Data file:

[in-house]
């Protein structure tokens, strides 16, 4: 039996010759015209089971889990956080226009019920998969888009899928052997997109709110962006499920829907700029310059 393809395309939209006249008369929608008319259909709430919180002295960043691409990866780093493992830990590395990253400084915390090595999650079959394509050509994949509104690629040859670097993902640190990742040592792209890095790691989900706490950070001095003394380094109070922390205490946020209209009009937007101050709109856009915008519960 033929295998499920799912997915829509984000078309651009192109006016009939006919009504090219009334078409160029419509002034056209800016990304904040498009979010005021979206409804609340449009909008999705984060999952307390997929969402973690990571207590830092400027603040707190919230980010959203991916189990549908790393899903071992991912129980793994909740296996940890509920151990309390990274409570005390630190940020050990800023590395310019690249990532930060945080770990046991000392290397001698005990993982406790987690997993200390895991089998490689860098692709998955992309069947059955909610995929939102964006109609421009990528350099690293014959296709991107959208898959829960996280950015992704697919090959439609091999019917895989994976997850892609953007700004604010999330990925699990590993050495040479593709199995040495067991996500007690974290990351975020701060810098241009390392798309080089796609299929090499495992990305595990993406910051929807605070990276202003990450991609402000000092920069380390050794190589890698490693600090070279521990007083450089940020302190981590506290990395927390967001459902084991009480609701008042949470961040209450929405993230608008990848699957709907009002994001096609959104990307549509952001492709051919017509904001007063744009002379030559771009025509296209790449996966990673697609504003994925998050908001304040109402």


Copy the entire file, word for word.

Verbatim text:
[in-house]
């Protein structure tokens, strides 16, 4: 039996010759015209089971889990956080226009019920998969888009899928052997997109709110962006499920829907700029310059 393809395309939209006249008369929608008319259909709430919180002295960043691409990866780093493992830990590395990253400084915390090595999650079959394509050509994949509104690629040859670097993902640190990742040592792209890095790691989900706490950070001095003394380094109070922390205490946020209209009009937007101050709109856009915008519960 033929295998499920799912997915829509984000078309651009192109006016009939006919009504090219009334078409160029419509002034056209800016990304904040498009979010005021979206409804609340449009909008999705984060999952307390997929969402973690990571207590830092400027603040707190919230980010959203991916189990549908790393899903071992991912129980793994909740296996940890509920151990309390990274409570005390630190940020050990800023590395310019690249990532930060945080770990046991000392290397001698005990993982406790987690997993200390895991089998490689860098692709998955992309069947059955909610995929939102964006109609421009990528350099690293014959296709991107959208898959829960996280950015992704697919090959439609091999019917895989994976997850892609953007700004604010999330990925699990590993050495040479593709199995040495067991996500007690974290990351975020701060810098241009390392798309080089796609299929090499495992990305595990993406910051929807605070990276202003990450991609402000000092920069380390050794190589890698490693600090070279521990007083450089940020302190981590506290990395927390967001459902084991009480609701008042949470961040209450929405993230608008990848699957709907009002994001096609959104990307549509952001492709051919017509904001007063744009002379030559771009025509296209790449996966990673697609504003994925998050908001304040109402």